Colombia’s Most Infamous Cartel is Out to Get This Drug Dog
Sombra the Drug Dog has sniffed out over 2,000 kilos of cocaine.
It’s not exactly uncommon for Colombia’s drug cartels to put out a hit on a vexing foe. It is, however, uncommon for that foe to be a dog. But that’s exactly what one of the country’s most dangerous cartels, the Gulf Clan, has done, according to the Associated Press.
The Gulf Clan put a $7,000 bounty on Sombra, a drug dog whose nose has become legendary in Colombia. That’s no joke as the Gulf Clan apparently boasts a sizable guerrilla army of its own.
Sombra—Spanish for shadow—has helped the country’s police locate over 2,000 kilos of cocaine in everything from industrial machinery to seemingly innocuous boxes of fruit. Police learned of the drug dog hit via an intercepted phone call, prompting them to relocate Sombra to safer territory: the El Dorado International Airport in Bogota, the capital. Now, she is delivered to work in an unmarked van with tinted windows, always accompanied by two armed guards.
Once she arrives, Sombra screens luggage and other cargo for drugs, and her notable nose has already led the authorities to a few big finds. The drug dog has sussed out a whopping 77 kilos in the aforementioned industrial equipment, where it was hidden deep in the machine’s workings, and uncovered five tons of Gulf Clan cocaine packed into crates containing bananas. She’s credited with over 245 airport arrests between the country’s two largest international airports.
The huge number of high-profile busts that Sombra has been involved in have made her just as famous with Colombia’s citizens as it has made her infamous with the Gulf Clan. She is regularly stopped by fans at the airport, who want a selfie with the country’s most well-known drug dog.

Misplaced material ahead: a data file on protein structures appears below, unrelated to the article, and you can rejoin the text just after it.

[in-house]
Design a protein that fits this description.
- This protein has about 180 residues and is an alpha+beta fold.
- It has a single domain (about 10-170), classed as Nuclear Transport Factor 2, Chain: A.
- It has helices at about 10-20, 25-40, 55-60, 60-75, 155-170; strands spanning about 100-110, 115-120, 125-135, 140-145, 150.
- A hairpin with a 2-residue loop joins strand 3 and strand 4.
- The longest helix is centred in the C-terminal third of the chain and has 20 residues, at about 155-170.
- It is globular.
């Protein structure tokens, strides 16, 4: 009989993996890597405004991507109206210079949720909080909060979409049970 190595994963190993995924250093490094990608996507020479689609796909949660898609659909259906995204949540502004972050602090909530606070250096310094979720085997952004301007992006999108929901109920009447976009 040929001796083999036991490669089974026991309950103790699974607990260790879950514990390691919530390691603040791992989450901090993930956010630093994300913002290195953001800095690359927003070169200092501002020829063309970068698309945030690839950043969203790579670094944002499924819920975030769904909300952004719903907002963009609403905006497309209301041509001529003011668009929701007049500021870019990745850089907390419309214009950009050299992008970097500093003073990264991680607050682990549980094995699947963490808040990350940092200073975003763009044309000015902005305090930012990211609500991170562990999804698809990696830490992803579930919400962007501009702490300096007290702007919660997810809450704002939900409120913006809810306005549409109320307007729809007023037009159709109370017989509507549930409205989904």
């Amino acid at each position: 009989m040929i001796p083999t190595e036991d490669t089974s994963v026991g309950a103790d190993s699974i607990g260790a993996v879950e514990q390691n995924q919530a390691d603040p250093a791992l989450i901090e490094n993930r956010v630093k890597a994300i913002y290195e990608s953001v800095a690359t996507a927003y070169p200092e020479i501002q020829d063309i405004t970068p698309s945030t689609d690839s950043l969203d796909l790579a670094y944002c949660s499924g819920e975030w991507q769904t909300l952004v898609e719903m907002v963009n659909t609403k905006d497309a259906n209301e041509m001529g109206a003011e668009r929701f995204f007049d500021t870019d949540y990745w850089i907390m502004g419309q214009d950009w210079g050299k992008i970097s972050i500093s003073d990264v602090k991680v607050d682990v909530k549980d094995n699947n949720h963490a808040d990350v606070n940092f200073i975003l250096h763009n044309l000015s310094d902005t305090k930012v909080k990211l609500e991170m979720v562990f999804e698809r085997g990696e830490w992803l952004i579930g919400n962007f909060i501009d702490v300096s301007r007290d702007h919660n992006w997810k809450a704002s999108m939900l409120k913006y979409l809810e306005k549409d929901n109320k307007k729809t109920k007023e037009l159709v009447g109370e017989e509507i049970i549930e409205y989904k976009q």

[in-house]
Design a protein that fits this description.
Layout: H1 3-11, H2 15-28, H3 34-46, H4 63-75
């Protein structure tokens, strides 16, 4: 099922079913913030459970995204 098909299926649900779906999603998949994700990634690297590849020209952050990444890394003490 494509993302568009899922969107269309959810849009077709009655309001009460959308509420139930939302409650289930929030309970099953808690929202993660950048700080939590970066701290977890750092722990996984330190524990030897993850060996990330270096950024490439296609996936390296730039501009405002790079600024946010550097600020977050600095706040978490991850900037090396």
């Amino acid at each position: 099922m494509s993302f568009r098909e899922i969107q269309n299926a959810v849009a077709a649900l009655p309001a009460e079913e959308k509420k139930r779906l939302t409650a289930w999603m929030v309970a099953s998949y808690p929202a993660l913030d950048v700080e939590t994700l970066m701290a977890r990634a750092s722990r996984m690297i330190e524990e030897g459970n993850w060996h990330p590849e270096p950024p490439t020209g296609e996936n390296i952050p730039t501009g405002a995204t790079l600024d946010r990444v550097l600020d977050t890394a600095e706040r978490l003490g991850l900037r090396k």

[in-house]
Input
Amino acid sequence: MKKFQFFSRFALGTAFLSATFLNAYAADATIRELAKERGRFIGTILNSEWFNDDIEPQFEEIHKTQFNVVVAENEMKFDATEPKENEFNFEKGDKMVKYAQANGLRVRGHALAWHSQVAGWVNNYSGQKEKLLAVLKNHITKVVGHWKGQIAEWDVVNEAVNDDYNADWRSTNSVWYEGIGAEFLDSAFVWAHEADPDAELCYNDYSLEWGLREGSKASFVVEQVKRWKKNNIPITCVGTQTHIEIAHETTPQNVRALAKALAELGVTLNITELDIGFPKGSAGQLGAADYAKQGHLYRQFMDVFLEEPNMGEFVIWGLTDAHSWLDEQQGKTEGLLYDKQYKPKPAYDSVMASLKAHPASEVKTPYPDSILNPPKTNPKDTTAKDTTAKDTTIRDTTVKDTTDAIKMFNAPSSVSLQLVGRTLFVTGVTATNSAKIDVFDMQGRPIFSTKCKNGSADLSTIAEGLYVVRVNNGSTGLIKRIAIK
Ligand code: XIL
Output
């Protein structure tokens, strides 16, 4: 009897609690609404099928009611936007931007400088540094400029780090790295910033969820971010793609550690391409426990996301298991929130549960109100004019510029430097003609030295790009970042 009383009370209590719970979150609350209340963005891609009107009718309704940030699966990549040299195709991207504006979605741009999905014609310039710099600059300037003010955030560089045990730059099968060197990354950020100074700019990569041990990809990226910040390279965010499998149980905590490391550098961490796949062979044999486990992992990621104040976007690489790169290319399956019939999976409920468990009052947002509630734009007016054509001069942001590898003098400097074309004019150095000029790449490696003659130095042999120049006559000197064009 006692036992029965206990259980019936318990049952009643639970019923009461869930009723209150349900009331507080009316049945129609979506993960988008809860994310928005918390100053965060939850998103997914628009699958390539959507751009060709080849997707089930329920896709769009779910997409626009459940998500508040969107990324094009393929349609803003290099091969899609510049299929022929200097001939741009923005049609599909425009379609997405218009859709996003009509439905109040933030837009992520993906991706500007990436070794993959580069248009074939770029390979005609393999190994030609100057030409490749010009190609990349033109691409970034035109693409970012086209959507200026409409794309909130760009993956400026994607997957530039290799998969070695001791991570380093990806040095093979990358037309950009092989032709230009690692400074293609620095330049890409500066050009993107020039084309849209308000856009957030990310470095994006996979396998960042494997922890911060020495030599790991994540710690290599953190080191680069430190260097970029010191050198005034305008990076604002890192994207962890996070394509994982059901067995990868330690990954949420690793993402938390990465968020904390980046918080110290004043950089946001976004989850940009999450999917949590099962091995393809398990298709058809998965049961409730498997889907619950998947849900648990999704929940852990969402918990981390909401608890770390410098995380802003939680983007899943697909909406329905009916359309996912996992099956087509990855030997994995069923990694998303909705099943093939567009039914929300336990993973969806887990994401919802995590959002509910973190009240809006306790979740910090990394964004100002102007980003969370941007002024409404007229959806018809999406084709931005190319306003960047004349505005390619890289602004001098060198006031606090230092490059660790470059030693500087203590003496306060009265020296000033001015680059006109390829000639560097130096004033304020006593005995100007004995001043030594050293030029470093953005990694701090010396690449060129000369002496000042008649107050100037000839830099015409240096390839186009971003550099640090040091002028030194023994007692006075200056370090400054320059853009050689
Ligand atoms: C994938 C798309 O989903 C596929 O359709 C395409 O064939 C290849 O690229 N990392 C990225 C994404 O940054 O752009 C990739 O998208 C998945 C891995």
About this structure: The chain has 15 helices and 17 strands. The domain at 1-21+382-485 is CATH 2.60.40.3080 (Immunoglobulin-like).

The celebrity is certainly warranted, according to drug dog handler Jose Rojas. “Her sense of smell is far beyond that of other dogs,” he told the AP. And that exceptional sense of smell is in more demand than ever.
A White House report, released on June 28, found the amount of land used to harvest cocaine in Colombia increased by 11 percent from 2016 to 2017. President-elect Ivan Duque has vowed to crack down harder on the illicit drug trade, even suggesting he’ll use drones to spray herbicide on coca crops.
Over 1800 officers in the country’s national police force have been killed over the past two decades fighting the drug war. A few dogs have been killed too, but they typically die from on-the-ground eradication efforts, not drug-sniffing activities. But with a $7,000 price on her head, Sombra’s handlers probably still have plenty of cause to worry.
Hmm, if only there was something that could help Colombia’s rural farmers become independent from the cartels they depend upon for income. Oh wait, there is!